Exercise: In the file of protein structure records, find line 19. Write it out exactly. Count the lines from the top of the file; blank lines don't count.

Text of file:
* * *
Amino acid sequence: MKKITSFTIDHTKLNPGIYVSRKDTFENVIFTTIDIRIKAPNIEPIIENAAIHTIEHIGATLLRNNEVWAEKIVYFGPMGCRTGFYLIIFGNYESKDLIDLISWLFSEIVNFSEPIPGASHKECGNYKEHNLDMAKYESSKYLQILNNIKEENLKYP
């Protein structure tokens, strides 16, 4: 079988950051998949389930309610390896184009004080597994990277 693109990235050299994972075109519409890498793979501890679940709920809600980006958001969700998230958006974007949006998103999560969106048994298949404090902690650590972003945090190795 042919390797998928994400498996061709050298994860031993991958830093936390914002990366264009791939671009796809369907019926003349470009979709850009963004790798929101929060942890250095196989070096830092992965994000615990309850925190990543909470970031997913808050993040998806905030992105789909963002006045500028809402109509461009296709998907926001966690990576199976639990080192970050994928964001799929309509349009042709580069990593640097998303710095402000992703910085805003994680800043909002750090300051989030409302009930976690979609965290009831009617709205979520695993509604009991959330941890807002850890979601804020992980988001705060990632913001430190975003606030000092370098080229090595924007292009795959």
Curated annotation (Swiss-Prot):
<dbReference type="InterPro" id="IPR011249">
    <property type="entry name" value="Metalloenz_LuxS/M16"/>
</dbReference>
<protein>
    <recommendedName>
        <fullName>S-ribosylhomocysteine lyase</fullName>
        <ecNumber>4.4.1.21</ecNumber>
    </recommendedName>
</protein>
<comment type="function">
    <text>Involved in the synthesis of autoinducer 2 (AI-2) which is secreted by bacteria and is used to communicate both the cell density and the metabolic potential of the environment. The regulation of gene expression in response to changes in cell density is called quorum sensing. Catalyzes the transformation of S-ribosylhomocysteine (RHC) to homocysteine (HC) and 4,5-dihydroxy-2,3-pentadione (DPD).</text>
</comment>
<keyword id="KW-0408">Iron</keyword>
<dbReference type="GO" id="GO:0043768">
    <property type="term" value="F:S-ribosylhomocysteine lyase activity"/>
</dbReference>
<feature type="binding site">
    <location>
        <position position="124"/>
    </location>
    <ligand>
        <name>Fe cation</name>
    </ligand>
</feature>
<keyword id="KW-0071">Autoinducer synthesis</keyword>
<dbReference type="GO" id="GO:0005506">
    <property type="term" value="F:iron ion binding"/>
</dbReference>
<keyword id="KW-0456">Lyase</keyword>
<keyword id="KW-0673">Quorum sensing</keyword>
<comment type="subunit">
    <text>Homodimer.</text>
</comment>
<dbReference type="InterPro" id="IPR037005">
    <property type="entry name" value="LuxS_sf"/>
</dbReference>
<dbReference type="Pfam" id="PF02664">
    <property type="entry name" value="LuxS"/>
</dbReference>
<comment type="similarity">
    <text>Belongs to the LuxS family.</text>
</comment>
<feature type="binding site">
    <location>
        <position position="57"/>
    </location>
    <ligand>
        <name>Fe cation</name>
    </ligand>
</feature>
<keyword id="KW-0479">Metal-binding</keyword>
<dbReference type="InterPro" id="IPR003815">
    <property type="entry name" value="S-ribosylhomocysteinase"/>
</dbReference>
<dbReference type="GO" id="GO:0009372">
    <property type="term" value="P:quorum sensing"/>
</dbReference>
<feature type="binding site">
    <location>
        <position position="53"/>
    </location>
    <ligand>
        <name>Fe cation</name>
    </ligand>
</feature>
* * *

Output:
</dbReference>